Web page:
Sumter native Montgomery answers questions about first season in majors

Life in pinstripes



Former Sumter High School, Sumter P-15's and University of South Carolina standout left-handed pitcher Jordan Montgomery just completed his first half-season as a member of the New York Yankees.

Through 17 starts (this includes Montgomery starting the Yankees' game against Boston on Friday, their first after the All-Star break), Montgomery is 6-4 with a 3.78 earned run average in 95 1/3 innings pitched. He's allowed 90 hits, 44 runs, 40 earned runs, 14 home runs and has struck out 90 compared to 31 walks.

The Bronx Bombers' No. 5 starter talked via phone with The Sumter Item sports writer Justin Driggers for a question and answer segment about his first experiences as a Major League pitcher:

SI: Are you enjoying the All-Star break?

JM: Yeah it's good to be home; good to get out of New York and relax and not worry about baseball.

SI: Did you watch your teammates in Monday's Home Run Derby?

JM: Yeah Gary (Sanchez) and (Aaron) Judge killed it. Of course, Judge won and Gary knocked out (Giancarlo) Stanton. It was cool watching them out there having fun.

SI: What's this season been like for you as a whole?

JM: It's been cool. I've just tried to take in everything and enjoy it. I just try to bring what I can for the team. Not try to do to much. Just trust my stuff and do what I've been doing my whole life.

SI: When did you find out you'd been named the fifth starter, and what were the emotions after that?

JM: They told me three days before (the season started). I threw a bullpen and then had an off day so I went up to the field then threw the next day. I was excited and relieved. All the years of hard work and throwing through arm pain; just everything finally leading to being in the big leagues.

SI: What was it like to step out on the mound at Yankee Stadium for the first time (April 12 vs. Tampa Bay)?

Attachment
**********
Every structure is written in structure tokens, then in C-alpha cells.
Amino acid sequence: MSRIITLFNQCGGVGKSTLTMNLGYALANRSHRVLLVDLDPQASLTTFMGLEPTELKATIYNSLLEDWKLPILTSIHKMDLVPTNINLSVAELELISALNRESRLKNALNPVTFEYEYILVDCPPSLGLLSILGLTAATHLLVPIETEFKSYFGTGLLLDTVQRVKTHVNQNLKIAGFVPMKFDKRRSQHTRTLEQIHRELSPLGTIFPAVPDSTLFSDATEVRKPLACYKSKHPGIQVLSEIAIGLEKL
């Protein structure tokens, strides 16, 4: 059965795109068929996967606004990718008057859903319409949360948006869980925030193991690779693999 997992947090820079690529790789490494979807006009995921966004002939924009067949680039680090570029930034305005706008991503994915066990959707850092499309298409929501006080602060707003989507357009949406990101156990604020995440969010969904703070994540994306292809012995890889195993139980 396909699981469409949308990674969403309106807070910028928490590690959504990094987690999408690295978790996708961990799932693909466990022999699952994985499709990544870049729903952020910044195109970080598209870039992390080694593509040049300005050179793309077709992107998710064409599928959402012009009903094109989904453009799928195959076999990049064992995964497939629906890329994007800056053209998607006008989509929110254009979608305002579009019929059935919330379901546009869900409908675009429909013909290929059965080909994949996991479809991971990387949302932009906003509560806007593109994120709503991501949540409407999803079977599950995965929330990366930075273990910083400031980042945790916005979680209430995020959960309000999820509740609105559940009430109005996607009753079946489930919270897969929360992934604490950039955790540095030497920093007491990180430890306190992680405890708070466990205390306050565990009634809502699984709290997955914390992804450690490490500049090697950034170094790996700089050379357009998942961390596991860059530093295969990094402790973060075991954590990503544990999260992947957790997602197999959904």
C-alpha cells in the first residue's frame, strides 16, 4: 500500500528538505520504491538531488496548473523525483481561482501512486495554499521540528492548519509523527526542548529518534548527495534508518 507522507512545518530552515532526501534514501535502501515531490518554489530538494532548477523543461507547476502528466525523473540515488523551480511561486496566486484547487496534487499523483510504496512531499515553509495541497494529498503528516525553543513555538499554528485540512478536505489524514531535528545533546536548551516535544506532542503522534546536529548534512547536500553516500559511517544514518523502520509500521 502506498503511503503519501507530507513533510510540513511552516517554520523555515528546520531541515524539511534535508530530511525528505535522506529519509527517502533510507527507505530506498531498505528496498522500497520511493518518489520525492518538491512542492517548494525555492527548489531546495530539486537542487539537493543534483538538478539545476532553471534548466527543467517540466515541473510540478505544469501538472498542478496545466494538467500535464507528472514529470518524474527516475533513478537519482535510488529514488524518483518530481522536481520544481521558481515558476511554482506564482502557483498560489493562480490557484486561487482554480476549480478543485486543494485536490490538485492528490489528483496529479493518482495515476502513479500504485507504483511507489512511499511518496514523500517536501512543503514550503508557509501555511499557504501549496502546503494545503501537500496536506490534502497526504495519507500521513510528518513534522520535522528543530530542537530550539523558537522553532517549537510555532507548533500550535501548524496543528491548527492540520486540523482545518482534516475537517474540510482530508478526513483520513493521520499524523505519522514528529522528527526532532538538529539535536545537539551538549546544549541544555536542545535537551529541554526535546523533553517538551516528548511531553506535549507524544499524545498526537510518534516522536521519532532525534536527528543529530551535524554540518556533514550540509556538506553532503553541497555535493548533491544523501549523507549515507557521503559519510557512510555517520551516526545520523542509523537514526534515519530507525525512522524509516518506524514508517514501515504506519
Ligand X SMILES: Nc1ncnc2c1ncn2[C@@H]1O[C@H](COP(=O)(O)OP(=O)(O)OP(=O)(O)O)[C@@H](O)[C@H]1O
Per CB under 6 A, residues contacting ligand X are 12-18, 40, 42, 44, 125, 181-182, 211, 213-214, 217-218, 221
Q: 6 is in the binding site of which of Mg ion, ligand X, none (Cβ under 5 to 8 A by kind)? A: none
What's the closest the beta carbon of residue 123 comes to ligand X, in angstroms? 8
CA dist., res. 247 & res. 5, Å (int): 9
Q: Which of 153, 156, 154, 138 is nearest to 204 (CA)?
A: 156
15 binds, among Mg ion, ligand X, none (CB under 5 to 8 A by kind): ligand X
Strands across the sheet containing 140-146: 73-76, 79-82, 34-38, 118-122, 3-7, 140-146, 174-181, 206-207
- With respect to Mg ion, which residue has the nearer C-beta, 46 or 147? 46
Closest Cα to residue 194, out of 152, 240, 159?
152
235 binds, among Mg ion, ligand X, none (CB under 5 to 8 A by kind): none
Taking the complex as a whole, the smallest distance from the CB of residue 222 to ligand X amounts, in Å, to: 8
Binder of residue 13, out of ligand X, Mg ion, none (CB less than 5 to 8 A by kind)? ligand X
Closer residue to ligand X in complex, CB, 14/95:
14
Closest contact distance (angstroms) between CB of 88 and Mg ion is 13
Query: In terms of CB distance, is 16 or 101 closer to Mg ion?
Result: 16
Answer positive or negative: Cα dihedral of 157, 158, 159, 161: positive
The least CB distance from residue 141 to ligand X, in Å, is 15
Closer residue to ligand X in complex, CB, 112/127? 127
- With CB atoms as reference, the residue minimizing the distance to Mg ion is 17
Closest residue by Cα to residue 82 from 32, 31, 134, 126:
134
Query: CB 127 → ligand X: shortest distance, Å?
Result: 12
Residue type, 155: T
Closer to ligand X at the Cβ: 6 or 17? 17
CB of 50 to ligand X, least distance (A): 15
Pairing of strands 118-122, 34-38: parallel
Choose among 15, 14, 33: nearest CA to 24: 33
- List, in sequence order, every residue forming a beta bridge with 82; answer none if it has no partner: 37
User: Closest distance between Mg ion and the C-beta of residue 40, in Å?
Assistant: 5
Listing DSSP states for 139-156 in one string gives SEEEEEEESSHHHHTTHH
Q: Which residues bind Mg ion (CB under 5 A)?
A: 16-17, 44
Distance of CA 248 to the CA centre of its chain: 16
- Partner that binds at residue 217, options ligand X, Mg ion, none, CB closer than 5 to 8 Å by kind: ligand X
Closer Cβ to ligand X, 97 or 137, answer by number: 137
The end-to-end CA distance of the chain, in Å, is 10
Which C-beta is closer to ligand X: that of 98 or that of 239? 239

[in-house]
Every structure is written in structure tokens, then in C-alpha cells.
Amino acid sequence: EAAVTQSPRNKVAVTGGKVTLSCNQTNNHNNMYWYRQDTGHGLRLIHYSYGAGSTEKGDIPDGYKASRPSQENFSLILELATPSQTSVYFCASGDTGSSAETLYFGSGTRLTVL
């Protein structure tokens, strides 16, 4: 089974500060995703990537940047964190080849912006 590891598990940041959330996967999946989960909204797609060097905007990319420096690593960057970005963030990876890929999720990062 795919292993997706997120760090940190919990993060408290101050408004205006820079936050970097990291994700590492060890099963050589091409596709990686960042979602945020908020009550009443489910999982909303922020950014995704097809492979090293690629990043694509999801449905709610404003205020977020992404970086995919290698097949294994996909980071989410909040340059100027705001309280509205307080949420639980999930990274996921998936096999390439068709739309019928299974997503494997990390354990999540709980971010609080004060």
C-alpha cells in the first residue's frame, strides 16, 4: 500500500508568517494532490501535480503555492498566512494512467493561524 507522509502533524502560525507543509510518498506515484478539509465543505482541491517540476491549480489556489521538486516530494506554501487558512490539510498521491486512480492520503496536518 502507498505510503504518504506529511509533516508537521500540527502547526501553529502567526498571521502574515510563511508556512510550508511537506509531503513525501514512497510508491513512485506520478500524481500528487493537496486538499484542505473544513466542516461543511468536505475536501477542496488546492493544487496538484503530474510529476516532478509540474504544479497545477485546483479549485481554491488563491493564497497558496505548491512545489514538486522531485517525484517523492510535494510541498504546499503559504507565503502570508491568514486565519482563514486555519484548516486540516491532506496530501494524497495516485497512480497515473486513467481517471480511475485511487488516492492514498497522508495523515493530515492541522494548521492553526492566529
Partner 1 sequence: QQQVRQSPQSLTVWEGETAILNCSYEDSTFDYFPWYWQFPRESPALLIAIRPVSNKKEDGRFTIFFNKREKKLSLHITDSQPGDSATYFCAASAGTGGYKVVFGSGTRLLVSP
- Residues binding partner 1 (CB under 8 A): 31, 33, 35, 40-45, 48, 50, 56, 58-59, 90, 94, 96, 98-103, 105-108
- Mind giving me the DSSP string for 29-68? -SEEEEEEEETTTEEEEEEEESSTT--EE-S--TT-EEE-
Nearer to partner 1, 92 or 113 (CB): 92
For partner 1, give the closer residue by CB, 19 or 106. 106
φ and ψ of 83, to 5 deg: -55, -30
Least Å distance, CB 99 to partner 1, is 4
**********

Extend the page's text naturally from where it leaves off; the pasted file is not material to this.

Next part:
JM: I was pretty nervous. I was a little bored sitting around at first and then really anxious. You're throwing in the bullpen and you hear them calling out the lineup and then you hear "Making his Major League debut, Jordan Montgomery.'' It kind of sets in then and you get goosebumps. I just tried to get on the mound and forget everything else and get locked in and get in my rhythm.

I struck the first two guys out and had Longo (Evan Longoria) where I wanted him (down 0-2 in count), then lost him and gave up a 2-run homer (to Rickie Weeks Jr.) So it will catch up on you quickly if you don't get locked in.

SI: What's the biggest difference pitching in the majors as opposed to Triple-A?

JM: Guys just don't miss. If you make a mistake in Triple-A, it might be a double or they might sit on it or swing through it. But I feel like in the big leagues, if you make three mistakes in the middle of the plate, it's going to be at least two homers. You can't miss middle.

SI: You got your first win in your second start (April 17 vs. Chicago White Sox). What was the feeling like of getting that first W in the big leagues?

JM: It was good. I kind of settled in and wasn't as nervous that game. I went 6 2/3 against the White Sox and they're a pretty good team so it was cool to get that one out of the way.